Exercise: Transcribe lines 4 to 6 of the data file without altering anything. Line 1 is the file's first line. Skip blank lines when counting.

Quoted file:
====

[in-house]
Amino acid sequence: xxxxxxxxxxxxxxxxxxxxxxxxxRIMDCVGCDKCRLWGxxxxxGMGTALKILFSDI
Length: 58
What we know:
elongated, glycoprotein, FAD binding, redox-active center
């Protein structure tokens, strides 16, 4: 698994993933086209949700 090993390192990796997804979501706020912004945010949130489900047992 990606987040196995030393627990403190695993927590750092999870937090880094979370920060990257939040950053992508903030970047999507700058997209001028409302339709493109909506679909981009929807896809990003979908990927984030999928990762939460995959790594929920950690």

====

What we know:
elongated, glycoprotein, FAD binding, redox-active center
């Protein structure tokens, strides 16, 4: 698994993933086209949700 090993390192990796997804979501706020912004945010949130489900047992 990606987040196995030393627990403190695993927590750092999870937090880094979370920060990257939040950053992508903030970047999507700058997209001028409302339709493109909506679909981009929807896809990003979908990927984030999928990762939460995959790594929920950690």